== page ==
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Sermon preaches toughness of Oklahoma offense – News – Tuscaloosa News

FORT LAUDERDALE, Fla. — In the second quarter at Texas Tech on Nov. 3, with Oklahoma trailing by 10, Sooners coach Lincoln Riley decided not to put the ball into the hands of his eventual Heisman Trophy-winning quarterback.

While Kyler Murray was lined up in the backfield, the snap instead went directly to sophomore running back Trey Sermon.

Sermon plowed straight ahead after catching the ball at the 10 as he ran straight into Red Raiders defensive back Douglas Coleman III.

“He’s always looking for someone to truck,” Oklahoma defensive lineman Amani Bledsoe said. “He likes the contact, too, which is nice to see in a back.”

Sermon bullied his way into the end zone for the first of his three touchdowns in that game.

The Big 12 is known as a finesse league, but the Sooners’ running back from deep in the heart of SEC country is giving Oklahoma a bit of Southeastern flavor in the backfield heading into Saturday’s Orange Bowl matchup with top-ranked Alabama.

“Once I see the hole, I just try to attack it and be as physical as I can,” Sermon said Wednesday, noting he prides himself on being an SEC-type tailback.

Sermon was banged up for much of the last half of the season, initially sustaining a high ankle sprain against TCU on Oct. 20.

The injury didn’t keep Sermon out of any games, though it limited his effectiveness down the stretch. He did run for a combined 330 yards and five touchdowns in back-to-back wins over Texas Tech and Oklahoma State in November.

Sermon said he finally felt like he was 100 percent last week in practice.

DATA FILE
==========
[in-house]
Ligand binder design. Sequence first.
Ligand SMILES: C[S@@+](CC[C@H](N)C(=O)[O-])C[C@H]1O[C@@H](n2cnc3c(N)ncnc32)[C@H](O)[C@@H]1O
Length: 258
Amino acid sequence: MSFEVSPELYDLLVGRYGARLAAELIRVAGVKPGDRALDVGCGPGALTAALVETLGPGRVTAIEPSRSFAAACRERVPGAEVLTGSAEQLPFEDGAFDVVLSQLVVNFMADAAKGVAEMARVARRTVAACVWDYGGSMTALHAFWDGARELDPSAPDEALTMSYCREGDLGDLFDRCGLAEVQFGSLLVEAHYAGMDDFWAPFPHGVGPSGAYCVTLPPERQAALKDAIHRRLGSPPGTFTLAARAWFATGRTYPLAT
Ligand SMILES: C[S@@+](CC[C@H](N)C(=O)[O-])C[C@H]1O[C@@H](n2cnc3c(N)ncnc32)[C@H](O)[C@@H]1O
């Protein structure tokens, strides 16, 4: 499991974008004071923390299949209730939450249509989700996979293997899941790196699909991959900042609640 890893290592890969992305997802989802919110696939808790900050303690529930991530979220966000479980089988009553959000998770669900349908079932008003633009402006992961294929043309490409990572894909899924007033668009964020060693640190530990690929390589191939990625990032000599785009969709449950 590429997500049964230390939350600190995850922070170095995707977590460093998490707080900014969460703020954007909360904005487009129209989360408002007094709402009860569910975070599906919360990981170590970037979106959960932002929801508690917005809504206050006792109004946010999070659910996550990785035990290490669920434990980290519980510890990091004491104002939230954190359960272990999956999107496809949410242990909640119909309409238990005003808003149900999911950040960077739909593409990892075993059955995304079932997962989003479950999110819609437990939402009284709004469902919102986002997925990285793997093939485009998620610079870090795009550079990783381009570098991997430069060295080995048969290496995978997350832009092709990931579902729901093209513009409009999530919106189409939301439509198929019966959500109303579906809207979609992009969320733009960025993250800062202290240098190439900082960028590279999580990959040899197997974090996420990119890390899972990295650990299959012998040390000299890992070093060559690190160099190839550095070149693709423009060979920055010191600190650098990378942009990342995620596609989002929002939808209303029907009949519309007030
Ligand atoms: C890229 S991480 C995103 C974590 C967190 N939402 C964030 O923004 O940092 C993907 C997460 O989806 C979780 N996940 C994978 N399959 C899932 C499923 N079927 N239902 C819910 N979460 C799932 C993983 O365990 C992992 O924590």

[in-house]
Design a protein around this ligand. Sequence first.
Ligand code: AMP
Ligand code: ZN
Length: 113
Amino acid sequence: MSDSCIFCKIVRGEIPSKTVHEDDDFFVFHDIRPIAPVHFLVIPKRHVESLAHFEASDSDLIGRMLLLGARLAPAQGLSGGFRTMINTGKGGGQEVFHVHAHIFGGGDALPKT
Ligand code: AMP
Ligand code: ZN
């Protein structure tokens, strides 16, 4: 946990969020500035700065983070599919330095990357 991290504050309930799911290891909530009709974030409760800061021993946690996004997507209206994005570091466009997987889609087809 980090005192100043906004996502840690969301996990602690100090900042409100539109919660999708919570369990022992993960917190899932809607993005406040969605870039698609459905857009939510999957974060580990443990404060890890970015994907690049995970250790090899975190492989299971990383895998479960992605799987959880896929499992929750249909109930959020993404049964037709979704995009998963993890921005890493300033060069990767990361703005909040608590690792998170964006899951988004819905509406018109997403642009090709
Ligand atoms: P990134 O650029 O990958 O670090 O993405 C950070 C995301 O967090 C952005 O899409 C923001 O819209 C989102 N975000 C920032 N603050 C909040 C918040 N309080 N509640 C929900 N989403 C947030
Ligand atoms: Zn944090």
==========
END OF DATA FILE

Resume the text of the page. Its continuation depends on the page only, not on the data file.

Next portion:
“It felt really good,” Sermon said. “Just kind of knew that I haven’t been completely myself since then (TCU). WIth that change, it’s a good feeling.”

Sermon said he’s bothered by the perception of the Sooners offense as being more speed-based than dominating physically.

“We’ve very physical,” he said. “Our offensive line is the most physical. So it does kind of bother us.

“We match everybody’s physicality. … But we’re just gonna go out there and play our game and show everybody.”

For the second consecutive season, Sermon isn’t the Sooners’ top rusher — Kennedy Brooks holds that title this year — but he’s been a valuable piece both years.

Sermon, who grew up in Marietta, Georgia, on the northwest side of Atlanta, had plenty of opportunities to stay and play in the SEC.

Georgia wanted him. So did Alabama and Florida.

Instead, Sermon decided to get out of the region and bring a little bit of home to Oklahoma.

He even did it against his home-state school in last year’s Rose Bowl when he hit Georgia defensive back Deandre Baker and then pushed him to the turf with his right (ball-carrying) arm.

“That’s how you open up everything else,” Sermon said of running the ball physically. “That’s what we plan to do.”

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